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      M1 macrophage-derived extracellular vesicle containing tsRNA-5006c promotes osteogenic differentiation of aortic valve interstitial cells through regulating mitophagy

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          Abstract

          Background

          Osteogenic differentiation of aortic valve interstitial cells (AVICs) plays a key role in the calcific aortic valve disease progression. Extracellular vesicles (EVs)-derived from M1-polarized macrophages (M1-EVs) orchestrated intercellular communication by delivering non-coding RNAs such as tRNA-derived small RNAs (tsRNAs) is crucial for cardiovascular disease. However, the role and mechanism of M1-EVs tsRNAs in osteogenic differentiation of AVICs remains largely unclear.

          Methods

          M1-EVs and PBS treated-RAW 264.7 cell-derived EVs (NC-EVs) were incubated with AVICs and subjected to small RNA sequencing. Candidate tsRNA in M1-EVs was silenced to explore their effects on AVIC osteogenic differentiation and mitophagy.

          Results

          DiI-labeled M1-EVs were internalized by AVICs, resulting in significantly increased calcium nodule formation and expression of osteogenesis-related genes in AVICs, including RUNX2, BMP2, osteopontin, and SPP1, compared with NC-EVs. Small RNA sequencing revealed that 17 tsRNAs were significantly up-regulated such as tsRNA-5006c, while 28 tsRNAs were significantly down-regulated in M1-EVs compared with NC-EVs. Intriguingly, tsRNA-5006c-deleted M1-EVs treatment significantly reduced calcium nodule formation and expression of osteogenesis-related genes in AVICs relative to control group. Moreover, target genes of tsRNA-5006c were mainly involved in autophagy-related signaling pathways, such as MAPK, Ras, Wnt, and Hippo signaling pathway. Hallmarks of mitophagy activation in AVICs including mitophagosome formation, TMRM fluorescence, expression of LC3-II, BINP3, and PGC1α, were significantly elevated in the M1-EVs group compared with NC-EVs group, whereas M1-EVs tsRNA-5006c inhibitor led to a significant reduction in these indicators.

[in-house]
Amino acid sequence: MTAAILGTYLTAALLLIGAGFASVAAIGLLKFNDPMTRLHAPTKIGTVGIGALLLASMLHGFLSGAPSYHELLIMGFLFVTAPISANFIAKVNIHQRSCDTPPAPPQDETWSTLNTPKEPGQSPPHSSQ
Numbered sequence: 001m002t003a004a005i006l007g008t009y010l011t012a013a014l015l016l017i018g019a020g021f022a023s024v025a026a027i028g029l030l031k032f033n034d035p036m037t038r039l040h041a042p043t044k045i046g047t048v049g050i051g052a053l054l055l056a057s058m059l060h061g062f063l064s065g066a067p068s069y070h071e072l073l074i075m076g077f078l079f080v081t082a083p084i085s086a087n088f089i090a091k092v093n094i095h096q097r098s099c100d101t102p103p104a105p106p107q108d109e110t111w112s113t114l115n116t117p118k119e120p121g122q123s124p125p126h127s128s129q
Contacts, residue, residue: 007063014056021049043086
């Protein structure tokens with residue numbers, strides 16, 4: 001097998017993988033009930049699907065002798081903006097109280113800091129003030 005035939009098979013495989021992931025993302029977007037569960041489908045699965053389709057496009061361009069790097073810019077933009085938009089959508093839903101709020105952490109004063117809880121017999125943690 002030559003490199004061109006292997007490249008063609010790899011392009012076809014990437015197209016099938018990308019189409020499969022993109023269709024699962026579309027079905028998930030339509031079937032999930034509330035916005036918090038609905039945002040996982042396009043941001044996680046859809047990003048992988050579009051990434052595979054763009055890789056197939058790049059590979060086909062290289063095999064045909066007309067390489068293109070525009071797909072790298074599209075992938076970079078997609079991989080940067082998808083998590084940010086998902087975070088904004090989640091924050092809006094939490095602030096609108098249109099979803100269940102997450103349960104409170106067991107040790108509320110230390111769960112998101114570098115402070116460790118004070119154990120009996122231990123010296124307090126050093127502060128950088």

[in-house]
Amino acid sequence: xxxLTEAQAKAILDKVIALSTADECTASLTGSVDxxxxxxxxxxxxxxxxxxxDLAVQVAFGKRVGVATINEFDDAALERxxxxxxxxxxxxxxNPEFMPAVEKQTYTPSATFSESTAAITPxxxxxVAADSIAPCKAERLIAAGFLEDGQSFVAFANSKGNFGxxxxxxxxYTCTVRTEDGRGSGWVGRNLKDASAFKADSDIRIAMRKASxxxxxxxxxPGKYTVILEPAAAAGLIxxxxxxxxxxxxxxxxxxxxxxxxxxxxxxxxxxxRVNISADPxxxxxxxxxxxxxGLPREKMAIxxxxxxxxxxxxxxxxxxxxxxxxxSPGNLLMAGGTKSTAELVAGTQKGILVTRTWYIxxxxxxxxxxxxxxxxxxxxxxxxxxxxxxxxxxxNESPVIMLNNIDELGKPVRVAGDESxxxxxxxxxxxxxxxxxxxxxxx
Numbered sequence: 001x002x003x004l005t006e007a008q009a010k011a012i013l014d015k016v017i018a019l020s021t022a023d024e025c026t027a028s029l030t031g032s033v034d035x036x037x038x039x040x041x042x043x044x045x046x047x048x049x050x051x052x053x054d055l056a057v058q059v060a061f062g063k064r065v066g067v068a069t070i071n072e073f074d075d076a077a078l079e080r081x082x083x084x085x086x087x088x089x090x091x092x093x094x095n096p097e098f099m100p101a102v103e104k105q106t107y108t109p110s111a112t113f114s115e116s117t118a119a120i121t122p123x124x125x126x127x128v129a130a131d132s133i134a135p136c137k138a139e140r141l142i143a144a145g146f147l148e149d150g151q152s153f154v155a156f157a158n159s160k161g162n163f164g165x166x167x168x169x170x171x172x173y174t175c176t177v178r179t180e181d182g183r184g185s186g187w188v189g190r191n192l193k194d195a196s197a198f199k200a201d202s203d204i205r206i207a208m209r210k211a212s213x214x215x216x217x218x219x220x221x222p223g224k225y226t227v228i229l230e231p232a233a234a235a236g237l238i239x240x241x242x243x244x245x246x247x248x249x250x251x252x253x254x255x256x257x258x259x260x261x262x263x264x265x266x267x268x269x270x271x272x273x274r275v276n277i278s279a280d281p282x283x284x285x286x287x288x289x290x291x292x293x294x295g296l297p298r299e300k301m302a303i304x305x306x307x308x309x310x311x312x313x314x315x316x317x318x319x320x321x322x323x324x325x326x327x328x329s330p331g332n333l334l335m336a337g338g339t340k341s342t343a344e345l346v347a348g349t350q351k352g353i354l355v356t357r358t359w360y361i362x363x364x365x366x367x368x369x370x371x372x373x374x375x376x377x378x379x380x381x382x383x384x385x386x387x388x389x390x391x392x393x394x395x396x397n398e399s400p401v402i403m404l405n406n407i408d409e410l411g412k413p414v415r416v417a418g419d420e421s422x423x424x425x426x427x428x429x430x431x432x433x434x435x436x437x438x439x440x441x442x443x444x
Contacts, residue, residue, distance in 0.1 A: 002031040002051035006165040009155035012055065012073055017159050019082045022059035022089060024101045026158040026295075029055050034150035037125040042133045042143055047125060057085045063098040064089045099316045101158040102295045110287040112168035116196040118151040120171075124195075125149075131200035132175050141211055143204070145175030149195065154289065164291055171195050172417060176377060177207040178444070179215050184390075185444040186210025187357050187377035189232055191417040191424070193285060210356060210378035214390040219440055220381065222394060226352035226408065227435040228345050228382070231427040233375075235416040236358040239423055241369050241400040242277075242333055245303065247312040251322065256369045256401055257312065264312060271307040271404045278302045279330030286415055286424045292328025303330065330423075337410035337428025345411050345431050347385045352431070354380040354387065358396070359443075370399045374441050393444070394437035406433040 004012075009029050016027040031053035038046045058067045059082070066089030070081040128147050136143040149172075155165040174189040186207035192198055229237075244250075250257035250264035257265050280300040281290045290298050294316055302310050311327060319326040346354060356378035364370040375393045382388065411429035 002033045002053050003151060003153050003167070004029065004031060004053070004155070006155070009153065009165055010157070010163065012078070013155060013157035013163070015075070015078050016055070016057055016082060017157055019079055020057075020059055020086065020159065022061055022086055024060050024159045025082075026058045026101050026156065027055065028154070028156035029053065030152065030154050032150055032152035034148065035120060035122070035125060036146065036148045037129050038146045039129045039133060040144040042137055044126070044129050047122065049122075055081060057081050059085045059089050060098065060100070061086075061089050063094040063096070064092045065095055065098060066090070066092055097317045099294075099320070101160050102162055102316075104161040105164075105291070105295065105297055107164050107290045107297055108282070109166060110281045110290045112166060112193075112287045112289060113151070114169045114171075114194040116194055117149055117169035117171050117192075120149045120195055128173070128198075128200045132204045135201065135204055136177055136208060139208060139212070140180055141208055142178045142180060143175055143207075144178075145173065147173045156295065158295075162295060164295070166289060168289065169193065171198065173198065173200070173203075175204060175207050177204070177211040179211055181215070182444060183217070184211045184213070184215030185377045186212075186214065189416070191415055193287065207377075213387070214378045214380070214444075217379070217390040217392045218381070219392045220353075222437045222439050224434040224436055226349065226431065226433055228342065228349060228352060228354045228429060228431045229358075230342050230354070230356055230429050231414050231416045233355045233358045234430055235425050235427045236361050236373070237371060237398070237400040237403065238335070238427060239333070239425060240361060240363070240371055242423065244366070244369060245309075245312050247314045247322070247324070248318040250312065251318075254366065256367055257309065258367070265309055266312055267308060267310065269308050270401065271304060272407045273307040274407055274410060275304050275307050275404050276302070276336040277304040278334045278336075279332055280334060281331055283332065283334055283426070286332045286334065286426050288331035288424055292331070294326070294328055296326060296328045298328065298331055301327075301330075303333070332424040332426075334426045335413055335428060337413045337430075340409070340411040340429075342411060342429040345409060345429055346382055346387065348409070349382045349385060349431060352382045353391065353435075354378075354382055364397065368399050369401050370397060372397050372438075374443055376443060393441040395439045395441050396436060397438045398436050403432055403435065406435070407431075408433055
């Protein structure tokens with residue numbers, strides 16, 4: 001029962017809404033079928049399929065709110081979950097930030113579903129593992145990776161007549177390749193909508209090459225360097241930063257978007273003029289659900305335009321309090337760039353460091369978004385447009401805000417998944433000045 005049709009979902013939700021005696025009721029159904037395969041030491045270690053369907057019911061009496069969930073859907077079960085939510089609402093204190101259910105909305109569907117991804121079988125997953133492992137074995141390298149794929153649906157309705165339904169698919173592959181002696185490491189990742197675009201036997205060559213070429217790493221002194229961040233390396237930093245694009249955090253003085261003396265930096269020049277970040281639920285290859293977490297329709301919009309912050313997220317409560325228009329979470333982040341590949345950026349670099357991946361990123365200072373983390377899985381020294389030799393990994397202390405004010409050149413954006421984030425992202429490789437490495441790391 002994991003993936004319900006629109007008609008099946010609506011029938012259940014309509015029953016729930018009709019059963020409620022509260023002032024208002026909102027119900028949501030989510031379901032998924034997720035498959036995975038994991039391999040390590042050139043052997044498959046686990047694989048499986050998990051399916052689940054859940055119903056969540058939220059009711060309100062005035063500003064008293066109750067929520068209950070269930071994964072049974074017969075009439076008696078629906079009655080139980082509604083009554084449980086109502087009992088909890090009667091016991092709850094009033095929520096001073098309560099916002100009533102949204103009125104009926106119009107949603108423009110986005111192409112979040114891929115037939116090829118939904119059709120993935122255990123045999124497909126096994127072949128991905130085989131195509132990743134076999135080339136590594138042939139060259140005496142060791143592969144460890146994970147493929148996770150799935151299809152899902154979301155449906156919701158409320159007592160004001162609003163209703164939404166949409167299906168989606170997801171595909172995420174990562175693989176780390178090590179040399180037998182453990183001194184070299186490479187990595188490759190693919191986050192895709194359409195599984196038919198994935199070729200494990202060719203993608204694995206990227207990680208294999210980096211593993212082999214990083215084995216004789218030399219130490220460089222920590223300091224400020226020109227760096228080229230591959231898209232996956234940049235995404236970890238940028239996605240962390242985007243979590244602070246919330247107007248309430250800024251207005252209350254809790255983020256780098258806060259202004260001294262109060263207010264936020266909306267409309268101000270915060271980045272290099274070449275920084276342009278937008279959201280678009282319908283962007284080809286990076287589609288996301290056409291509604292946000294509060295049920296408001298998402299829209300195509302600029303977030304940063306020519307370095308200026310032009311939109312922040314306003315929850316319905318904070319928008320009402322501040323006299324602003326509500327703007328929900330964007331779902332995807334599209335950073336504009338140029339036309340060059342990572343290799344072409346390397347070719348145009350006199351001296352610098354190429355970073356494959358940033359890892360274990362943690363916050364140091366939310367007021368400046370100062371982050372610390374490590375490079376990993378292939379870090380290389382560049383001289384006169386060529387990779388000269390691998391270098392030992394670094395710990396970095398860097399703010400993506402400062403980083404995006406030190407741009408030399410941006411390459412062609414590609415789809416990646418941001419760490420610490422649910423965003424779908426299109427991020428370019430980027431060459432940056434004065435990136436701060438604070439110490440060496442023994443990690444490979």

Conclusion

          M1-EVs carried tsRNA-5006c regulates AVIC osteogenic differentiation from the perspective of mitophagy, and we provide a new target for the prevention and treatment of aortic valve calcification.

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          Most cited references48

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          The biology, function, and biomedical applications of exosomes

          The study of extracellular vesicles (EVs) has the potential to identify unknown cellular and molecular mechanisms in intercellular communication and in organ homeostasis and disease. Exosomes, with an average diameter of ~100 nanometers, are a subset of EVs. The biogenesis of exosomes involves their origin in endosomes, and subsequent interactions with other intracellular vesicles and organelles generate the final content of the exosomes. Their diverse constituents include nucleic acids, proteins, lipids, amino acids, and metabolites, which can reflect their cell of origin. In various diseases, exosomes offer a window into altered cellular or tissue states, and their detection in biological fluids potentially offers a multicomponent diagnostic readout. The efficient exchange of cellular components through exosomes can inform their applied use in designing exosome-based therapeutics.
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            Is Open Access

            MAPK/JNK signalling: a potential autophagy regulation pathway

            Herein, MAPK/JNK signalling is proposed as a potential autophagy regulation pathway for the transcription-dependent or independent role.